How Will the Fed React to Economic Data?

What could send stocks higher from here? Because, again, this week, we crossed an important technical aspect when it comes to what I look at. Technically, the price action has to improve for me to become overall optimistic about equities here. Overall, I’m still bearish until other meaningful things happen. Right now, we’re just turning the corner. Remember, the key resistance level on the S&P for me is 4288. As you’ll see, we closed at 4280 this week, so we didn’t break that upward resistance level, which overall signals that we’re not out of the woods yet.

I’ve been getting the question: What could send stocks higher from here? Last week, investors liked the news we were talking about earlier to see a greater chance of a soft landing, the Fed’s ability to reduce inflation by raising rates in a relatively meaningful way as opposed to overdoing it. The market right now is thinking that the Fed won’t have to hike rates as much as they’d previously feared because inflation’s starting to come under control. That’s the evidence that’s presenting itself to the overall investing community right now. We see in stocks that cyclical sectors bounced back this week, and we saw some selling in some of the defensive supercap tech, more traditionally defensive sectors in bonds. The two-year yield is flat, while the ten-year has started to rise about 20 basis points—still well off the pre-jobs report lows as markets are selling the long end of the Treasury curve. And this is again based on a potentially better economic outlook than what we’ve been seeing. However, overall, there are still some areas we need to be concerned about.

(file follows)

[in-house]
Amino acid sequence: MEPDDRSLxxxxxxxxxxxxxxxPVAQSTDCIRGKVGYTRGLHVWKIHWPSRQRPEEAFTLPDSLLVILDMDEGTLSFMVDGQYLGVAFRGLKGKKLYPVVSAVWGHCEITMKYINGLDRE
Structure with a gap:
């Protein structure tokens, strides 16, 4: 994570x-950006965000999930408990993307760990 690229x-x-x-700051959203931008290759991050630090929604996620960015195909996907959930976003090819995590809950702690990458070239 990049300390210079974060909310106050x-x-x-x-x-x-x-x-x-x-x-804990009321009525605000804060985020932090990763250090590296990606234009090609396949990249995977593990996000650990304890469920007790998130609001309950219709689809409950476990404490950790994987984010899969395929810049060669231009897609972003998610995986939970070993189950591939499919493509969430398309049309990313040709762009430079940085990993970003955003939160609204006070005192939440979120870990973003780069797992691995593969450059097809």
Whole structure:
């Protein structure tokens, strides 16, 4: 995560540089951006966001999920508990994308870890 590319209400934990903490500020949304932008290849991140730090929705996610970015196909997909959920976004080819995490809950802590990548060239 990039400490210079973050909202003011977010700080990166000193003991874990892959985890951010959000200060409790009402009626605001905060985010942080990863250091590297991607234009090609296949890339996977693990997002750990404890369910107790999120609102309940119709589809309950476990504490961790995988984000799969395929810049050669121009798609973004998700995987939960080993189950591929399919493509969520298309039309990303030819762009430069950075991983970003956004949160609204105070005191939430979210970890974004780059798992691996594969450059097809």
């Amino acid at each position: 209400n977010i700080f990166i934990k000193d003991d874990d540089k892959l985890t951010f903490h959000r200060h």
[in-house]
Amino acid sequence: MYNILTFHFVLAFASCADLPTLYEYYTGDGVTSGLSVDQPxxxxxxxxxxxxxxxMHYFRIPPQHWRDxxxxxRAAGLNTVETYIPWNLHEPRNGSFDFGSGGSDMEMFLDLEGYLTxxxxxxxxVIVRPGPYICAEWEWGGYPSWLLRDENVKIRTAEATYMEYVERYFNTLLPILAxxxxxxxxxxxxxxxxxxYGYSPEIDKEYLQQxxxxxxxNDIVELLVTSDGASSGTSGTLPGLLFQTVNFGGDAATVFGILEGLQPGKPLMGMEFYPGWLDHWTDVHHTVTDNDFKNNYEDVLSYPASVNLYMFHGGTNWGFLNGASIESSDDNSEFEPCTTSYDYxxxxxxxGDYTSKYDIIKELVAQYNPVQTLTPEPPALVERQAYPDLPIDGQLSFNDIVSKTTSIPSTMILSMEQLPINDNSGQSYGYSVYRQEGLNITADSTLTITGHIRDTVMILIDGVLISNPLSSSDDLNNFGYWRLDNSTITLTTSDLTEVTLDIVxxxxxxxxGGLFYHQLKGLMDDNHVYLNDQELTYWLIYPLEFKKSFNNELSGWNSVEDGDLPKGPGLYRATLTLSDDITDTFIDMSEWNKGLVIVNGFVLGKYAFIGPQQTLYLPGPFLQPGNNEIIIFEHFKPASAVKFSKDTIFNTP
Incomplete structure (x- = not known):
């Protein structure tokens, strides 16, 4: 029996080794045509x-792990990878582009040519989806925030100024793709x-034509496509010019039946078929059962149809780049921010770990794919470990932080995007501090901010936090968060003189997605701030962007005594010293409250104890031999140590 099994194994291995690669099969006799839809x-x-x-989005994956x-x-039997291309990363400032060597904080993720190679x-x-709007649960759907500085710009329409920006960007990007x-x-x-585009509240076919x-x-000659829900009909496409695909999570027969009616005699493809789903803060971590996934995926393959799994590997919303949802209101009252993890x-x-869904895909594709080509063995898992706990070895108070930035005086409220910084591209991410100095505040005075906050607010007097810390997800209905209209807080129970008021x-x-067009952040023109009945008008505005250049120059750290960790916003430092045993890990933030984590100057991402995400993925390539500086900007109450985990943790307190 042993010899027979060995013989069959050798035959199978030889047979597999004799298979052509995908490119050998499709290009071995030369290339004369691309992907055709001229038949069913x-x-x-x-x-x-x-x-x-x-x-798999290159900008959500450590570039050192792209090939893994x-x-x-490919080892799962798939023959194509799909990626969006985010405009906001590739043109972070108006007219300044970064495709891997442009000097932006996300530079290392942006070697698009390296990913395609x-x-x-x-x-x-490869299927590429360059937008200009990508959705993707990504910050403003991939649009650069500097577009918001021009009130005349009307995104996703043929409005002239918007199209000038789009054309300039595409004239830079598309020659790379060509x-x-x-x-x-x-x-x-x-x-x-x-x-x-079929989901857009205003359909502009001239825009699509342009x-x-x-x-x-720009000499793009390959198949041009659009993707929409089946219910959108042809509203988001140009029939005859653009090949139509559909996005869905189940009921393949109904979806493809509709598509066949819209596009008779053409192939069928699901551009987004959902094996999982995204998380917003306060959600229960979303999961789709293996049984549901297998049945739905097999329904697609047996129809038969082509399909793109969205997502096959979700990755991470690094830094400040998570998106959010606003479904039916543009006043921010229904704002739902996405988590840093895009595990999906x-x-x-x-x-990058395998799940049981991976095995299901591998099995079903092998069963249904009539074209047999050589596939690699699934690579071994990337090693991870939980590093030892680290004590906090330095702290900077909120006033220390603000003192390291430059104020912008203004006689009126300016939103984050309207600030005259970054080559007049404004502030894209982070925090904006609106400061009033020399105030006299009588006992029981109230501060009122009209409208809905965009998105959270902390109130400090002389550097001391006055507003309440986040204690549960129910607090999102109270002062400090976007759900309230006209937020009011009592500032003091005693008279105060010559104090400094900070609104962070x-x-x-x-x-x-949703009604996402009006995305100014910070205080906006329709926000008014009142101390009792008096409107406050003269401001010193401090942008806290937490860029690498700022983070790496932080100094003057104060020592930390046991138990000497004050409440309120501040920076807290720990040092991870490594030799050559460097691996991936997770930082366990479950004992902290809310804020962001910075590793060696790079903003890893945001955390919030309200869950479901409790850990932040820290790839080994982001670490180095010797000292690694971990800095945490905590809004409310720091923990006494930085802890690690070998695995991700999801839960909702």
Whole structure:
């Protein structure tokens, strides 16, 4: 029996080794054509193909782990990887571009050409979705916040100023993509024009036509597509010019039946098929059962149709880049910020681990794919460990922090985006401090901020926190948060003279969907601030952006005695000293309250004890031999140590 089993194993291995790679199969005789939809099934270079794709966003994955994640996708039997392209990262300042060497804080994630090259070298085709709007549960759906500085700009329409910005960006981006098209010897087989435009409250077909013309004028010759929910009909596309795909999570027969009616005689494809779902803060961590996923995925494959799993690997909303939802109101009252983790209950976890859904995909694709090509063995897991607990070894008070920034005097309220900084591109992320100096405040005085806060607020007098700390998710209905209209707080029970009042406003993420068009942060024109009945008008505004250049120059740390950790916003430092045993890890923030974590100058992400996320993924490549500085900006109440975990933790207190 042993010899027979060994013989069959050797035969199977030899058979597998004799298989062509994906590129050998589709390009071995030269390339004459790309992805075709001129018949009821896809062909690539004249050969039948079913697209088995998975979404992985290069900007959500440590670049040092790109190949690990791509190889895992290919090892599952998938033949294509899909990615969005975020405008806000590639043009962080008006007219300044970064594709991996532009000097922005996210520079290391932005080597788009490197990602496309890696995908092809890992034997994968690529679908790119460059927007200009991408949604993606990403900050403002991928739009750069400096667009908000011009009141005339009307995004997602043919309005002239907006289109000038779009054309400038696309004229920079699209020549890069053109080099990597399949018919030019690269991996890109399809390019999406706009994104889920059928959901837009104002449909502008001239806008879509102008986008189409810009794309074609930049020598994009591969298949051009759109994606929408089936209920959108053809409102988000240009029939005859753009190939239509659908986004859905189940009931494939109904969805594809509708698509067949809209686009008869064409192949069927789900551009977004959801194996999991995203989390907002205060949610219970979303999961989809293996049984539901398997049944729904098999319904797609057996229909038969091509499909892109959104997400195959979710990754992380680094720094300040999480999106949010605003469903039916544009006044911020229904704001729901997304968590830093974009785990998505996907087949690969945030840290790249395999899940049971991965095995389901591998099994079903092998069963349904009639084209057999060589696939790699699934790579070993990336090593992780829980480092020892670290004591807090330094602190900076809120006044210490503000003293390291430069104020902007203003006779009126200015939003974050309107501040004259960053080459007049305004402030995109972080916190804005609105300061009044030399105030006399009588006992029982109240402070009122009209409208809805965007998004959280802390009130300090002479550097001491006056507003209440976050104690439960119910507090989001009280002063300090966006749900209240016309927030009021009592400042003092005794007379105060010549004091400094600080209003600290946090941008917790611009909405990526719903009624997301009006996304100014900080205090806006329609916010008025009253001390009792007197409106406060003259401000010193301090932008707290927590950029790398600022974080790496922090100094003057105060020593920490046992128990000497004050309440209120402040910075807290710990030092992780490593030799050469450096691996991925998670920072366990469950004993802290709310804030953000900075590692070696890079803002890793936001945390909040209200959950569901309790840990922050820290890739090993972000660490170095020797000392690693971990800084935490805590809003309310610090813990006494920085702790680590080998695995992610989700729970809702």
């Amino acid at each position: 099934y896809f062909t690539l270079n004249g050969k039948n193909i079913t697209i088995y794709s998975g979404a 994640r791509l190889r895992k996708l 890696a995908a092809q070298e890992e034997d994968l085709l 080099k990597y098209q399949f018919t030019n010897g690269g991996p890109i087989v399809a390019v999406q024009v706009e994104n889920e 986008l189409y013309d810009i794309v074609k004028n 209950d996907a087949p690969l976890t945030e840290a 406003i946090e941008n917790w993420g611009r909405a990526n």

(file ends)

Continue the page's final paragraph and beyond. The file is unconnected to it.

The price action I’m seeing right now is showing me that it’s going to take more for the S&P 500 to move materially higher from here because at these values right now, the peak inflation trade is likely fully valued—potentially, some might say overvalued. A peak in inflation, combined with underinvestment and negative positioning, have sent the S&P 500 to the 4200 level. But that’s pretty full in terms of value when you look at the future price-to-earnings ratio that we’ve been talking about for weeks now. We know we’re still going to see rising rates; it’s just a question of how big. We’re still going to see an economy that is slowing, but is it going to be overdone? That’s the big question. An economic soft landing has to actually appear to push stocks higher from where they are right now, and that means a focus on the data that we’re going to see coming out, the inflation metrics as they continue to unfold. Also, what is the Fed’s actually saying? All three of those things have to go right to push stocks meaningfully higher from here, and that information is still not out there yet. I still feel the market is being a bit optimistic, so I still want you to pay attention to that area.